Nick Watney, trying to keep the momentum of his recent Malaysian victory going into 2013, seized a two-shot lead on Thursday in the World Challenge invitational hosted by Tiger Woods.
Watney, who finished last in the field of 18 in this unofficial event last season, had five birdies in his bogey-free, five-under 67 at Sherwood Country Club and was two strokes in front of Keegan Bradley, Graeme McDowell and Jim Furyk.
Bradley hit 17 of 18 greens in regulation, his only miscue of the day a bogey at 18. The American, whose 2011 PGA Championship triumph made him the first player to win one of golf's major titles using a long putter anchored on his midriff, admitted he was fired up by the reaction to the announcement on Wednesday by global governing bodies the Royal & Ancient and the US Golf Association that they proposed to ban the technique in 2016.
"I've been catching such flak on Twitter and these other places, it would be good to kind of quiet them a little bit," Bradley said.
He was pleased to have a chance to show there was more to his game than the long putter.
"I had a guy yesterday telling me to send my application in to Burger King for 2016," Bradley said of the type of blasts he's been getting via Twitter, although he added he'd had support on the social networking site and from the Southern California galleries as well.
Bradley said he felt the timing by the R&A and USGA, with no actual rule change anticipated until 2016, put him and others who "anchor" putters to their bodies when they putt in a difficult position since for now it remains legal.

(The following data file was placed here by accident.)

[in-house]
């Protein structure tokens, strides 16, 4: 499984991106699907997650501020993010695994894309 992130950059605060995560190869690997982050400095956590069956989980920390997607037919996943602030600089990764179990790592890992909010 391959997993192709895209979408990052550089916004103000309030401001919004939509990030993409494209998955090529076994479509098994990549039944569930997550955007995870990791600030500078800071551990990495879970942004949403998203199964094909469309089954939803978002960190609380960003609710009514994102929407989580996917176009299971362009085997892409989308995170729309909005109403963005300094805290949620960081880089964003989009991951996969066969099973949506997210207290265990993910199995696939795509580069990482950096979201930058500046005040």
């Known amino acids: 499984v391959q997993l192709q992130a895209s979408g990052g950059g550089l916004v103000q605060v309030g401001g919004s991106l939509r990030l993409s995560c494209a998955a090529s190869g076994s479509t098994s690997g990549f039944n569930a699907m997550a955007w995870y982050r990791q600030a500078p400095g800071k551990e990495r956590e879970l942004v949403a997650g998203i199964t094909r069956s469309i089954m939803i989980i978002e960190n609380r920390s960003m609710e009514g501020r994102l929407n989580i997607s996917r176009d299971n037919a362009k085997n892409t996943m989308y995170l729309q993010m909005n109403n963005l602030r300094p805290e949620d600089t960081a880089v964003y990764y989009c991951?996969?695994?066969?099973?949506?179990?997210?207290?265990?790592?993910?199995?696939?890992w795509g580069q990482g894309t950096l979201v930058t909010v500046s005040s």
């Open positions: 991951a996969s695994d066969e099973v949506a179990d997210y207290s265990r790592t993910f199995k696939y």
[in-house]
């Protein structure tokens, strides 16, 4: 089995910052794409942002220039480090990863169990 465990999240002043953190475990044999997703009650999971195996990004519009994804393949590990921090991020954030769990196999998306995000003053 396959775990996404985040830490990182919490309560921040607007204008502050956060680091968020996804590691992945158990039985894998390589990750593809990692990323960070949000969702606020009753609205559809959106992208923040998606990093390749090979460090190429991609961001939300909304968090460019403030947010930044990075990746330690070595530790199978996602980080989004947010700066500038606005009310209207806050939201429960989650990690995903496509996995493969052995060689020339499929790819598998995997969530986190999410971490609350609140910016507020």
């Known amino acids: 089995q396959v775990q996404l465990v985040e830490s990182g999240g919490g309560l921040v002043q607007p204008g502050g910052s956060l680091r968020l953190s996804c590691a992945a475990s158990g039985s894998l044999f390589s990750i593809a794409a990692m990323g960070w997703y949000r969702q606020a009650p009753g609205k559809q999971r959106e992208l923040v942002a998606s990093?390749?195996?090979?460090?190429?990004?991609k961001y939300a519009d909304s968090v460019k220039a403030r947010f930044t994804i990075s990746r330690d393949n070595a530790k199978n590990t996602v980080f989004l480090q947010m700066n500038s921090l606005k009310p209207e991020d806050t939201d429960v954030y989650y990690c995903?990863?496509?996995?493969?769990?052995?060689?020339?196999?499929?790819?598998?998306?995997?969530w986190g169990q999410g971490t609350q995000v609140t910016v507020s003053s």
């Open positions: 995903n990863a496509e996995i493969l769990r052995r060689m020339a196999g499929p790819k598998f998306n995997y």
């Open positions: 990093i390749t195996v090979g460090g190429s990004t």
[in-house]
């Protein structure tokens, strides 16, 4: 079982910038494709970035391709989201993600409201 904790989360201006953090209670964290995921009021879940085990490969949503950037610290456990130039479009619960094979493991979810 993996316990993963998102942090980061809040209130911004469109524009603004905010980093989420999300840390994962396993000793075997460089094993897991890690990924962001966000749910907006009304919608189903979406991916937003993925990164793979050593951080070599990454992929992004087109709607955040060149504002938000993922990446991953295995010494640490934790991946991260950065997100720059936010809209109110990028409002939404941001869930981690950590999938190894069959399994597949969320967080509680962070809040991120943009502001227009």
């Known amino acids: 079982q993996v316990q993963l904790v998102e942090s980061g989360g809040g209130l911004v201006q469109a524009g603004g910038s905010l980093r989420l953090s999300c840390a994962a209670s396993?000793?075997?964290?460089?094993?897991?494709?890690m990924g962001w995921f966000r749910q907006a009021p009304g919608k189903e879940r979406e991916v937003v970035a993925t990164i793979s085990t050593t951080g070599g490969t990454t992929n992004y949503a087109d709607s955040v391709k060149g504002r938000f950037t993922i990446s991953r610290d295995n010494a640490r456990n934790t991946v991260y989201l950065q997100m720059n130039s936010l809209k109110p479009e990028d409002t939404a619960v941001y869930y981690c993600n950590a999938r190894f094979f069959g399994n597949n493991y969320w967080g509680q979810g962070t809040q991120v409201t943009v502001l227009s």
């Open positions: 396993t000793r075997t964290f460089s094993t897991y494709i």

"I feel like the USGA has really put an X on our back," he said. "I don't know if that's exactly fair.
"When we started putting with it, they were legal and they still are. It's a sticky situation and I hope people can see through that."
Watney was sympathetic. He feels "anchoring" provides some advantage, although he stressed that "I don't think they're cheating by any means".
"It's difficult to go back and institute a rule now," said Watney, who uses a conventional putter. "I don't have to worry about it."
His concern is to build on the gains he made late in 2012 after a slow start to the season.
In August, Watney erased a two-shot final-round deficit to win The Barclays, the opening event in the US PGA Tour's FedEx Cup playoffs.
Last month in Malaysia, he shot an electrifying final-round 61 to win the $6.1 million CIMB Classic, holding off Woods and defending champion Bo Van Pelt.
Although the atmosphere at this unofficial event is more laid back, Watney said, "winning never gets old".
"Me personally, I'm trying to use it to prepare for next season."
Watney, who said the cool, overcast conditions made for a nice change from the sweltering weather in Malaysia, nabbed his first birdie of the day at the ninth.
Birdies at the par-five 13th and par-four 14th were followed by birdies at the par-five 16th and 18.
McDowell had four birdies and one bogey - all on the back nine - for his share of second place on 69, while Furyk bounced back from an early bogey with four birdies on the back nine to get to three-under.
Woods, who hosts the event for the benefit of his charitable foundation, was tied for fifth on 70, alongside Van Pelt and US Open champion Webb Simpson.
Woods won here last year to end a two-year global victory drought, then won three US PGA Tour titles in 2012.
However, the tournament host admitted he'd need to hit it better as the week progressed.
"I didn't hit it very good today," said Woods, who had three birdies and just one bogey. "It was nice to scrape out a good score."
"Made a few good par putts to keep the round going," he added. "I kept myself in the tournament."